USA Now Making Reality TV With “Christian Values”

Slate's Culture Blog
April 11 2013 2:55 PM

USA Makes Reality Show With “Christian Values”

themoment
Kyle Shields on The Moment.

Grant Halverson/USA.

June Thomas June Thomas

June Thomas is a Slate culture critic and editor of Outward, Slate’s LGBTQ section. 

The most interesting thing about The Moment, a new reality series that premieres on USA tonight, is what it says about the cable TV landscape. USA has ruled the cable ratings for seven straight years, with light, bright procedurals like Burn Notice, White Collar, Royal Pains, and Covert Affairs. Now, starting with The Moment, USA is adding reality shows and comedies to its lineup. Is this a case of fixing what isn’t broken, or a smart business move?

I found The Moment, in which ordinary Americans are given a second chance at their dream jobs, worthy but not terribly compelling. Then again, I’m not much of a reality fan. And even if I don’t watch, the fact that The Moment is on USA’s schedule won’t spoil my appetite for the network’s perky procedurals. (After all, it didn’t change my rosy view of Mad Men and Breaking Bad when AMC aired the execrable Small Town Security.) USA will continue to develop new dramas—Graceland, an original series about undercover agents who live in a bitchin’ beach house, will premiere on June 6—and its summer schedule is packed with familiar favorites.

But USA appears to believe that it has maxed out its current audience. Earlier this week, USA’s co-president Chris McCumber told me, “To grow, we need to be in reality.” USA is also moving into comedy, having laid out big money—$1.5 million per episode—to air Modern Family in syndication, though it hasn’t scheduled any original sitcoms yet.

Advertisement

The network’s success to this point is based on creating shows that share a pleasing similarity without becoming joyless clones. As I wrote last year:

USA series like Burn Notice, set in Miami, and Royal Pains, in the Hamptons, are all sun, swimsuits, and seersucker. The heroes are smiling and stylish … and they’re always surrounded by a loyal coterie of friends and family. They’re exceptionally good at their jobs, sometimes freakishly so … and best of all, you can miss an occasional episode and still know exactly what’s going on.

The Moment drawns on many of the standard USA procedural elements. It’s aspirational and upbeat—what could be more pleasant than seeing good people get another chance to accomplish their life goals? Friends and family are front and center—the dreamers are nominated by relatives, and, in the two episodes that I’ve seen, the love and support of friends and family is key to their success. The second-chancers are all talented—they’d have to be to take photographs for Sports Illustrated, drive on the NASCAR truck circuit, or skipper an America’s Cup vessel—and they’re mentored by seasoned pros.

There is, in other words, a wholesomeness to the show that’s sometimes hard to find in reality television. And though faith and religion aren’t specifically mentioned in the first two episodes, executive producer Charlie Ebersol told me that the show is designed to promote Christian values. (Make of that what you will.) In the early episodes, USA’s “blue skies” philosophy is taken quite literally: The first candidate gets a chance to take action photos of trick planes while strapped into a helicopter.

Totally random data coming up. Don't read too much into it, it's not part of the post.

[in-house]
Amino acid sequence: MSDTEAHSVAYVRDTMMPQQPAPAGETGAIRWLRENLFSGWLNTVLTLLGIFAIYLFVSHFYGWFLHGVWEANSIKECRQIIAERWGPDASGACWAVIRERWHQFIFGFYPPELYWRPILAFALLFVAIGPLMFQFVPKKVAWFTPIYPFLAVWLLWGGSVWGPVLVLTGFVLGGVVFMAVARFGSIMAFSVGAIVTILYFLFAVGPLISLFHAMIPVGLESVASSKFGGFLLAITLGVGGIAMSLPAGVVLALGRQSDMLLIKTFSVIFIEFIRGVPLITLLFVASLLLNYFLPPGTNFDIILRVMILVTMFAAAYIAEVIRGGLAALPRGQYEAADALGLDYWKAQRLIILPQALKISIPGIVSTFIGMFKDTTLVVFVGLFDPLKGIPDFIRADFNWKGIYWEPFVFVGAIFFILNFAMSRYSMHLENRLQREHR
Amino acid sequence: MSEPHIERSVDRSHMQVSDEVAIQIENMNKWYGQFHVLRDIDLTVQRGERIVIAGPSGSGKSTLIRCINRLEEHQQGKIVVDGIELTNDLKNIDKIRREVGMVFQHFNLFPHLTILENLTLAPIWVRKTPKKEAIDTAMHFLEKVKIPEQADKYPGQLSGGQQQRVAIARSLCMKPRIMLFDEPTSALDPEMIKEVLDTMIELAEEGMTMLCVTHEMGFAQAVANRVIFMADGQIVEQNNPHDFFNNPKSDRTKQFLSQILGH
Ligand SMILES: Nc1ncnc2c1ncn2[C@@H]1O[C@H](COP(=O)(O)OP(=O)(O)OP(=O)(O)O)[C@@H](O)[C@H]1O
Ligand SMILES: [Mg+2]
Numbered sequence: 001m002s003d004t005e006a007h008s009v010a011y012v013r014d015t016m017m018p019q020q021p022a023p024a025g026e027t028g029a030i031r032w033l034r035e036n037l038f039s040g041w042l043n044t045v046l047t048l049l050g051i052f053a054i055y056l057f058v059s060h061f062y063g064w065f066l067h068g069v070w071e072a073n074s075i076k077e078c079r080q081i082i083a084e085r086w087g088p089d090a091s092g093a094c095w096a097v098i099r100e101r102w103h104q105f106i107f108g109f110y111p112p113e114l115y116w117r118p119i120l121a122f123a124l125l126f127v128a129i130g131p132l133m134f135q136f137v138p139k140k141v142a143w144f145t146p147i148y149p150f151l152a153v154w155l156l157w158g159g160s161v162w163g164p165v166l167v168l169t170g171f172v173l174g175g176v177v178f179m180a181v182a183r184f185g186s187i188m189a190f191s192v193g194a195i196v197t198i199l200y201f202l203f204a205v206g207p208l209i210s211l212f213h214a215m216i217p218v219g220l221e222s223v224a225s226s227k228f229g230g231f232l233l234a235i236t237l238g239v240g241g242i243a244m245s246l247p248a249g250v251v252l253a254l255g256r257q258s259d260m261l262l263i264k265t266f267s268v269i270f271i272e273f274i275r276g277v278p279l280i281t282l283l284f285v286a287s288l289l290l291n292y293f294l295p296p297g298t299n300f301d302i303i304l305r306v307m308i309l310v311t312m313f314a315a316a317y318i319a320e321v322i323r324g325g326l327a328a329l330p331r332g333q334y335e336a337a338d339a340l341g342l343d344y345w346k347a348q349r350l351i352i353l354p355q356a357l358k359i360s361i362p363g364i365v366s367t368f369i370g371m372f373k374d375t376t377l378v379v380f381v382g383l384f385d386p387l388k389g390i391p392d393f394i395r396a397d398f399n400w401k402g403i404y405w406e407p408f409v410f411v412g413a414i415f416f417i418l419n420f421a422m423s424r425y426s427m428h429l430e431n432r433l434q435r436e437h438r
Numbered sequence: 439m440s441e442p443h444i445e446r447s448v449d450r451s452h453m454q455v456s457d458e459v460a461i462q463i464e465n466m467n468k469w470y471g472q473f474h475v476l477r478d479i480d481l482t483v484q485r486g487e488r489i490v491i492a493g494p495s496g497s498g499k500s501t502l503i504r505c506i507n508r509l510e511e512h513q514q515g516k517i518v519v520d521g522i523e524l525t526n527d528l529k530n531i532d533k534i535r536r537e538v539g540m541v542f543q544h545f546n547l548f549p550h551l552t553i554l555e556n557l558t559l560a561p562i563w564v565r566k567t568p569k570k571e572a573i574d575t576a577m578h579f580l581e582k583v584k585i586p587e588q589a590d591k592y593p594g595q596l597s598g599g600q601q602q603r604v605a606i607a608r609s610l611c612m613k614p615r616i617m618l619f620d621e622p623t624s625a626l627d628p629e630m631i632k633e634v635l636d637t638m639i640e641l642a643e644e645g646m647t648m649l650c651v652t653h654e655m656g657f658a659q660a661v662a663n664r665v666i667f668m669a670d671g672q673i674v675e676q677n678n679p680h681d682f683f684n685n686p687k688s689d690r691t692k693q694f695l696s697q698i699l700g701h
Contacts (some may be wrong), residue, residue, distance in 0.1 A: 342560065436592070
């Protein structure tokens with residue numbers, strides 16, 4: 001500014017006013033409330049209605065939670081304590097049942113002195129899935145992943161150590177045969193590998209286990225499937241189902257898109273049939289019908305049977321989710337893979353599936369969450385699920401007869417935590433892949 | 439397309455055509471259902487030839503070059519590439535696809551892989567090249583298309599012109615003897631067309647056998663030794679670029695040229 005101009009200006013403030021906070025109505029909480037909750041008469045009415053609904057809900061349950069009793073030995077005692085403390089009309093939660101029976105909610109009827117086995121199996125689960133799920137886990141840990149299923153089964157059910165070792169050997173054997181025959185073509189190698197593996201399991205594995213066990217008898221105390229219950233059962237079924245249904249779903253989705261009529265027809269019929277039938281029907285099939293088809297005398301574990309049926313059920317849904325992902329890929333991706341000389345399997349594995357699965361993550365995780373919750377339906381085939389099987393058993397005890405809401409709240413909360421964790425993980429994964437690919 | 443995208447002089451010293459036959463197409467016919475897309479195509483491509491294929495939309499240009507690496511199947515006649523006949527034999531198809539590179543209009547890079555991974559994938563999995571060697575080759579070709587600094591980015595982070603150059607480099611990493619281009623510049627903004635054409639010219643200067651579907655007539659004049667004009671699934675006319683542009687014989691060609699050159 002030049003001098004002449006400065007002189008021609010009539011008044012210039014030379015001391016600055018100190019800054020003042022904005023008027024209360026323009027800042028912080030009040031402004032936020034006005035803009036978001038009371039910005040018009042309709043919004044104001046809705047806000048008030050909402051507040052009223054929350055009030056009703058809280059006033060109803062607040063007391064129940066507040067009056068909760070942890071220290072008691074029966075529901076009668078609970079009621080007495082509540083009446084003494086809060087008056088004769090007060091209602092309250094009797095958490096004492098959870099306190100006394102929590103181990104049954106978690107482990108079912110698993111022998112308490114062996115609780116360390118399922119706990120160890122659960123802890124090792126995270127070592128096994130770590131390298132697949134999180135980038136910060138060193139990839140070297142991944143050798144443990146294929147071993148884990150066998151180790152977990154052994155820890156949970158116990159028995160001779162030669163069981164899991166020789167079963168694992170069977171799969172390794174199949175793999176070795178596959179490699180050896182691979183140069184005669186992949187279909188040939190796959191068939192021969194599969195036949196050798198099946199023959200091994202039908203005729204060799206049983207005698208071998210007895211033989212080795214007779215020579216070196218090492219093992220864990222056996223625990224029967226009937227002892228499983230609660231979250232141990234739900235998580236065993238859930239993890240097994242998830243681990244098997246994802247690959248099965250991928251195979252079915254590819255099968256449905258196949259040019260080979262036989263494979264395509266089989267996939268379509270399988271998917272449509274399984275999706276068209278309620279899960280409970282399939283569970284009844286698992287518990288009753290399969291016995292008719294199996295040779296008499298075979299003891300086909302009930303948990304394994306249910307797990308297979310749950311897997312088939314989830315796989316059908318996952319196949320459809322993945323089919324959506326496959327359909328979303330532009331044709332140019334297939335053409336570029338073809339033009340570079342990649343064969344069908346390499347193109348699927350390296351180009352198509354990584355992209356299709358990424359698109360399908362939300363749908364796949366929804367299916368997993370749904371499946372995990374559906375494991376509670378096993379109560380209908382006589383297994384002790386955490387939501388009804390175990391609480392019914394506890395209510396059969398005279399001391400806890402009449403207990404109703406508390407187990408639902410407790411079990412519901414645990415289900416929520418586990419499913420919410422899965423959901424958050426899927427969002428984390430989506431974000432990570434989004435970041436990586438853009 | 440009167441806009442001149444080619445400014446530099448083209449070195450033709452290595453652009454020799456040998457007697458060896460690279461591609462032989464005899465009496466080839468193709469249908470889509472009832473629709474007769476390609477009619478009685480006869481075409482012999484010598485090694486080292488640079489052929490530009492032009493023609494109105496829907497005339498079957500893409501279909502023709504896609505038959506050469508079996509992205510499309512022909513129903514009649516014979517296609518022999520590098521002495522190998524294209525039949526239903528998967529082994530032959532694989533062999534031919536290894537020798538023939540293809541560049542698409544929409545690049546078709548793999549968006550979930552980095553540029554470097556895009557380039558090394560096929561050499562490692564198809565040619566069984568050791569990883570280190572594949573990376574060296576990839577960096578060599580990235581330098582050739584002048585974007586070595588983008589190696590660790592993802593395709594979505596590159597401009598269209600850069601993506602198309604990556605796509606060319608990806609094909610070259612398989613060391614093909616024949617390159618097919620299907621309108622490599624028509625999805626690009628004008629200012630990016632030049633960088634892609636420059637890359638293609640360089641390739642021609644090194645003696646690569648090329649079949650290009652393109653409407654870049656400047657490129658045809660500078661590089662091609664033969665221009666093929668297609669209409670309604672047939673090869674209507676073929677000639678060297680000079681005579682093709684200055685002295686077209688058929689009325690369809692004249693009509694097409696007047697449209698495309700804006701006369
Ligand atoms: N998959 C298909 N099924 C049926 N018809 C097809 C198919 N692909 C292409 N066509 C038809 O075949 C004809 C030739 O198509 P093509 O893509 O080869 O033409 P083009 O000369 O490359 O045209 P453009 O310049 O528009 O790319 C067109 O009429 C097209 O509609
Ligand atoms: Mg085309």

Later this year, USA will add Summer Camp, a reality competition; The Choir, in which British choirmaster Gareth Malone unites communities in song; and Partners in Crime, a “docu-soap” about a pair of Staten Island criminal attorneys. Sunny days, strong characters, and buddy comedies: USA obviously knows its brand. And by the time its peak season—summer—rolls around again, we should know whether it has succeeded in conquering new territory.

TODAY IN SLATE

Foreigners

More Than Scottish Pride

Scotland’s referendum isn’t about nationalism. It’s about a system that failed, and a new generation looking to take a chance on itself. 

What Charles Barkley Gets Wrong About Corporal Punishment and Black Culture

Why Greenland’s “Dark Snow” Should Worry You

Three Talented Actresses in Three Terrible New Shows

Why Do Some People See the Virgin Mary in Grilled Cheese?

The science that explains the human need to find meaning in coincidences.

Jurisprudence

Happy Constitution Day!

Too bad it’s almost certainly unconstitutional.

Is It Worth Paying Full Price for the iPhone 6 to Keep Your Unlimited Data Plan? We Crunch the Numbers.

What to Do if You Literally Get a Bug in Your Ear

  News & Politics
Weigel
Sept. 17 2014 8:15 AM Ted Cruz Will Not Join a Protest of "The Death of Klinghoffer" After All
  Business
Moneybox
Sept. 16 2014 4:16 PM The iPhone 6 Marks a Fresh Chance for Wireless Carriers to Kill Your Unlimited Data
  Life
The Eye
Sept. 16 2014 12:20 PM These Outdoor Cat Shelters Have More Style Than the Average Home
  Double X
The XX Factor
Sept. 15 2014 3:31 PM My Year As an Abortion Doula
  Slate Plus
Slate Plus Video
Sept. 16 2014 2:06 PM A Farewell From Emily Bazelon The former senior editor talks about her very first Slate pitch and says goodbye to the magazine.
  Arts
Brow Beat
Sept. 17 2014 9:03 AM My Father Was James Brown. I Watched Him Beat My Mother. And Then I Found Myself With Someone Like Dad.
  Technology
Future Tense
Sept. 17 2014 8:27 AM Only Science Fiction Can Save Us! What sci-fi gets wrong about income inequality.
  Health & Science
Bad Astronomy
Sept. 17 2014 7:30 AM Ring Around the Rainbow
  Sports
Sports Nut
Sept. 15 2014 9:05 PM Giving Up on Goodell How the NFL lost the trust of its most loyal reporters.